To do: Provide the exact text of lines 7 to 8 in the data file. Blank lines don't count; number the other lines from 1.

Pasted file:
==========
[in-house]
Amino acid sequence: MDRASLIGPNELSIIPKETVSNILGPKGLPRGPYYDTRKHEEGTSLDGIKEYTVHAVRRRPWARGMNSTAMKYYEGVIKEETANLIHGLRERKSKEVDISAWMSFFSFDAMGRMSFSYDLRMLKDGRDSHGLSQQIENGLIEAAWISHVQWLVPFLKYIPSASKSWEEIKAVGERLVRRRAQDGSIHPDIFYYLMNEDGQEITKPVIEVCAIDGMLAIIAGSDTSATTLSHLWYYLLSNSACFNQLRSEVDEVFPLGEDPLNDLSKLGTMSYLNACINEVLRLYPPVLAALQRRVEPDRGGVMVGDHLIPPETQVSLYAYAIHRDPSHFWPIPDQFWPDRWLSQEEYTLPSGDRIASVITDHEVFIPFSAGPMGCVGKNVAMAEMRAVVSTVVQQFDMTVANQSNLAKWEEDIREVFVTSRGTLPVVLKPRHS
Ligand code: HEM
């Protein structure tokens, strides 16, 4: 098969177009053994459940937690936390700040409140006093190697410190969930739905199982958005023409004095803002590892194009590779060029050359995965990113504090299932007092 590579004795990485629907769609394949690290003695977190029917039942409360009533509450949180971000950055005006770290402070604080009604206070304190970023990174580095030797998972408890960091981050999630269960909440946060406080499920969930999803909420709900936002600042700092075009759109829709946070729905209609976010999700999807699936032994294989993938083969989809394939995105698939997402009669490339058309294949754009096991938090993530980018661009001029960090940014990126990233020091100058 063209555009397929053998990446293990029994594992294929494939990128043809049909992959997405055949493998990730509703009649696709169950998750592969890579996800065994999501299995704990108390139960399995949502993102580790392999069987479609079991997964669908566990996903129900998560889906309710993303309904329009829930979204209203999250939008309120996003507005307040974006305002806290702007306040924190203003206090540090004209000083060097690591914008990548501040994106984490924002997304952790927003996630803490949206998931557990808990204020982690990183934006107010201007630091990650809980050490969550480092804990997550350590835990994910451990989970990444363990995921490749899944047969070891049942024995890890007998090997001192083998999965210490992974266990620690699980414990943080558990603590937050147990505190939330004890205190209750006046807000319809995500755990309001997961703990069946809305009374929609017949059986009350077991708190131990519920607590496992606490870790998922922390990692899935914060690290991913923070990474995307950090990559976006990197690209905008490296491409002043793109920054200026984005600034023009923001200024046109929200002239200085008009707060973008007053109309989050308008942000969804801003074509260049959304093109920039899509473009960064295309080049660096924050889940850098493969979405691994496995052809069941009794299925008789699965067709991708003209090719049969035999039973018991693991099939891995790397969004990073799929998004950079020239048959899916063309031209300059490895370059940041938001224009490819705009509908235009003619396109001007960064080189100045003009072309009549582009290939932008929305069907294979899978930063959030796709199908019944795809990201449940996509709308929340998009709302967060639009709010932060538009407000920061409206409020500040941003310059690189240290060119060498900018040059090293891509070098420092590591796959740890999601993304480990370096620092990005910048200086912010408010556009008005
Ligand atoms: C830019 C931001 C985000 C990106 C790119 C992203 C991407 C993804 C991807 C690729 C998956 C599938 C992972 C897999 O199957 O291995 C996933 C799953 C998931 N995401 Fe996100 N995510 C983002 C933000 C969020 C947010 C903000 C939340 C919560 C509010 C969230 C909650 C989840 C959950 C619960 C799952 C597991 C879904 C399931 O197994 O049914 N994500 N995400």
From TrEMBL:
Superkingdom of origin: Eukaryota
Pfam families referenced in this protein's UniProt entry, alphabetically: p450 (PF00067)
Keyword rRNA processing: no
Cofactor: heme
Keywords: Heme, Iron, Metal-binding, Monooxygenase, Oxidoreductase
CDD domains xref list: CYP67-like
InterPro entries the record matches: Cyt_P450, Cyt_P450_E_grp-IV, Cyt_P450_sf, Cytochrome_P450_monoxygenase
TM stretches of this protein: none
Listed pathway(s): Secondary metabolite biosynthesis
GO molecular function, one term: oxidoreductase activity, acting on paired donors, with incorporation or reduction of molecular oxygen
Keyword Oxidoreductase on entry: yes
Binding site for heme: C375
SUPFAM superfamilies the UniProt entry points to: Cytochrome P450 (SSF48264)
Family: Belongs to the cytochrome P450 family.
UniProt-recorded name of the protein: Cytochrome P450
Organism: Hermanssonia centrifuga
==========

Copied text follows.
Superkingdom of origin: Eukaryota
Pfam families referenced in this protein's UniProt entry, alphabetically: p450 (PF00067)